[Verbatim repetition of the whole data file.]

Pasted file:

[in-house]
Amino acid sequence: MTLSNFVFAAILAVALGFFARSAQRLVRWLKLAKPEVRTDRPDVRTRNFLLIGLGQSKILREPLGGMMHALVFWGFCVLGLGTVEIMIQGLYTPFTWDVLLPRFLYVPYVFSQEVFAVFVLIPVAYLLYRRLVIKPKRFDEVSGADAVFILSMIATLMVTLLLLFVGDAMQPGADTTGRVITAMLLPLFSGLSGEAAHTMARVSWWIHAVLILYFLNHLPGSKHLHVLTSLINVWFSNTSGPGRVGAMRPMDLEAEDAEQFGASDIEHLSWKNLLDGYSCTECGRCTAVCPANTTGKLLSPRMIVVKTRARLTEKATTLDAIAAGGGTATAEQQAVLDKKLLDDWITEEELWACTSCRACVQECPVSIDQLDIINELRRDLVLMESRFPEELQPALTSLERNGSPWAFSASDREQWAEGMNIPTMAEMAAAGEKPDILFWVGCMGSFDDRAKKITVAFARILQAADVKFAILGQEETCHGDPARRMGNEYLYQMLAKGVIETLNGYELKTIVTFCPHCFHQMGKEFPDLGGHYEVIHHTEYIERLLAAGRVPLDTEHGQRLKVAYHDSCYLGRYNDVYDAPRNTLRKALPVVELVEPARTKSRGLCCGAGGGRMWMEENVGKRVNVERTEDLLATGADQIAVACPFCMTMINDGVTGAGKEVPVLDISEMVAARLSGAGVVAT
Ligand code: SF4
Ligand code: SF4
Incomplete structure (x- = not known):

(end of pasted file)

[in-house]
Amino acid sequence: MTLSNFVFAAILAVALGFFARSAQRLVRWLKLAKPEVRTDRPDVRTRNFLLIGLGQSKILREPLGGMMHALVFWGFCVLGLGTVEIMIQGLYTPFTWDVLLPRFLYVPYVFSQEVFAVFVLIPVAYLLYRRLVIKPKRFDEVSGADAVFILSMIATLMVTLLLLFVGDAMQPGADTTGRVITAMLLPLFSGLSGEAAHTMARVSWWIHAVLILYFLNHLPGSKHLHVLTSLINVWFSNTSGPGRVGAMRPMDLEAEDAEQFGASDIEHLSWKNLLDGYSCTECGRCTAVCPANTTGKLLSPRMIVVKTRARLTEKATTLDAIAAGGGTATAEQQAVLDKKLLDDWITEEELWACTSCRACVQECPVSIDQLDIINELRRDLVLMESRFPEELQPALTSLERNGSPWAFSASDREQWAEGMNIPTMAEMAAAGEKPDILFWVGCMGSFDDRAKKITVAFARILQAADVKFAILGQEETCHGDPARRMGNEYLYQMLAKGVIETLNGYELKTIVTFCPHCFHQMGKEFPDLGGHYEVIHHTEYIERLLAAGRVPLDTEHGQRLKVAYHDSCYLGRYNDVYDAPRNTLRKALPVVELVEPARTKSRGLCCGAGGGRMWMEENVGKRVNVERTEDLLATGADQIAVACPFCMTMINDGVTGAGKEVPVLDISEMVAARLSGAGVVAT
Ligand code: SF4
Ligand code: SF4
Incomplete structure (x- = not known):